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At the symposium, held in the first week of March in Safed, Dr. Inon Schenker, Senior Director Public Health at Teva R&D, described how Prof. Falik-Zaccai and her colleagues are making use of advanced knowledge and cutting-edge technologies in the study of rare monogenic diseases, as well as common multifactor diseases. He also highlighted how they are developing educational programs and custom genetic counseling for different Galilee ethnic populations. Research of this type, intended to identify the genetic mutations in rare genetic disease, has not yet been described in the literature. However, it promises many advantages for patients, their families and communities, in addition to the scientific community. Identifying problematic genes can lead to swift diagnosis and treatment for patients. Determining the biological basis of a disease will enable genetic counseling and diagnosis, leading to prevention of serious disease in affected families. Since many Galilee communities are characterized by inbreeding, there is a higher incidence of genetic modifications in these communities. Identifying the genetic cause of disease therefore allows entire communities to benefit from diagnostic services and testing of at-risk couples during pregnancy. “This research contributes greatly to the understanding of the biological mechanisms essential to human health and the development of novel therapeutic approaches," states Prof. Falik-Zaccai.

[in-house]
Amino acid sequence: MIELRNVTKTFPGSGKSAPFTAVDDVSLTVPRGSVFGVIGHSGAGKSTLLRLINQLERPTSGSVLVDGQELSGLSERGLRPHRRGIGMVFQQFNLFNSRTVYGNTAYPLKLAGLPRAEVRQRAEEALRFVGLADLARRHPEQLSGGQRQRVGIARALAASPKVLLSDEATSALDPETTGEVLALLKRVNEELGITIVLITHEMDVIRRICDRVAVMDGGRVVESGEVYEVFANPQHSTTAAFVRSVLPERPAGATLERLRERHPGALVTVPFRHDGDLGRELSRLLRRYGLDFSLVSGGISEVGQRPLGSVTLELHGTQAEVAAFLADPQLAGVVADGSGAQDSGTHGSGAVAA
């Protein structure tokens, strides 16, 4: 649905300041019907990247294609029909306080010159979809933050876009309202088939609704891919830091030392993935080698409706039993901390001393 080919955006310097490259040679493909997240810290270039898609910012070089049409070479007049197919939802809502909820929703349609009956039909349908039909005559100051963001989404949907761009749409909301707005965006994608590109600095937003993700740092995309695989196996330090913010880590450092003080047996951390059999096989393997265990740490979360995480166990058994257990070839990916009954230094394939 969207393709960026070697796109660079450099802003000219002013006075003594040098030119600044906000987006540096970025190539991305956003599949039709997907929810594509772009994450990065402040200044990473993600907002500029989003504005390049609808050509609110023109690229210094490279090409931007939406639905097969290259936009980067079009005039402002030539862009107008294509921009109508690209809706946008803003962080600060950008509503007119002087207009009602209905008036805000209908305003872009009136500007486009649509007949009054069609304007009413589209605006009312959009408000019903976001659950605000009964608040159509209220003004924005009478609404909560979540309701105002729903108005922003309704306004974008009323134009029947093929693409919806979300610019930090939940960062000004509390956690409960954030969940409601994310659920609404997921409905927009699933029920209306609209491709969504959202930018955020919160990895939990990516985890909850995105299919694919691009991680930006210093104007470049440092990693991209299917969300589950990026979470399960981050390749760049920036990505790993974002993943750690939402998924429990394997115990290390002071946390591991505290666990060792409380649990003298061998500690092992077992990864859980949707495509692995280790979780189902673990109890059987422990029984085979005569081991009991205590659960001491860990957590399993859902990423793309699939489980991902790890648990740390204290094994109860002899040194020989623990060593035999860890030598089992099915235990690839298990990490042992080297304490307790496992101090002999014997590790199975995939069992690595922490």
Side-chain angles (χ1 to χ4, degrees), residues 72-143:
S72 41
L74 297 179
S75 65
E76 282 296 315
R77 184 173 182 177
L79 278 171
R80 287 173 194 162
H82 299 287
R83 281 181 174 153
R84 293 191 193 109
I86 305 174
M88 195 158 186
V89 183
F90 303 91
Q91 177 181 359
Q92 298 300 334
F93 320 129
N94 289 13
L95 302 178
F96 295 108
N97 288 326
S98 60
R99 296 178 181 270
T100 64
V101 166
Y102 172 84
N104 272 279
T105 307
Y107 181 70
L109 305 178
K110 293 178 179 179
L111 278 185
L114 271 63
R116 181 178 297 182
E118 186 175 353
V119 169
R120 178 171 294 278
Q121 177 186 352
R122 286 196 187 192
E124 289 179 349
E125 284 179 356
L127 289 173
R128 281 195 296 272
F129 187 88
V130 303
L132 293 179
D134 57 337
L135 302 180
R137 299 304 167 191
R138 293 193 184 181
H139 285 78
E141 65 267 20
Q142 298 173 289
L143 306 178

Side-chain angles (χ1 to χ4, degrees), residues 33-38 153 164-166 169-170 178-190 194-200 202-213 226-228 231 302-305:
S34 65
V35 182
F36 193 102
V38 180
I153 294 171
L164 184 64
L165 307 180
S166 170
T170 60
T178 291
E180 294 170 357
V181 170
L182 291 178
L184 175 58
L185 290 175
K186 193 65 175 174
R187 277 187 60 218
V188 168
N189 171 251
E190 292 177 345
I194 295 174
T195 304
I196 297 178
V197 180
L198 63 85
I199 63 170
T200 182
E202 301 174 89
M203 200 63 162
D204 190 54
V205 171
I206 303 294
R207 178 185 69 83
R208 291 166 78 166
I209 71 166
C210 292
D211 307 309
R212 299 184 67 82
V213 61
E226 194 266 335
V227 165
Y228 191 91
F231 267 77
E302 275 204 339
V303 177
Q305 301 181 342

During the symposium, Dr. Elliott lectured about autism and highlighted recent epidemiological studies that indicate that autism is 50% genetic in origin. Other issues such as environmental factors have an equal contribution to the development of autism. Dr. Elliott noted that some of the environmental factors contributing to the development of autism remain unknown, while additional primary factors, including maternal immune system function and microbiome content, have received significant attention. Researchers are working to identify the environmental factors that may be involved in the development of autism, and the biological mechanisms that are disrupted and that result in autistic behavior. Scientific breakthroughs in this area, says Dr. Elliott, will require a combination of epidemiological and biological data from large groups of people with autistic spectrum disorders.“Thanks to the important contribution of Teva, we will be able to establish a national registry of people with autism spectrum disorders in Israel and collect tissue samples. Analysis of these samples will enable identification of environmental factors, as well as biological pathways that are disturbed. This will lead to the identification of therapeutic targets. This information is essential to promote study in this field, and to find a treatment for autism spectrum disorders", stated Dr. Elliott.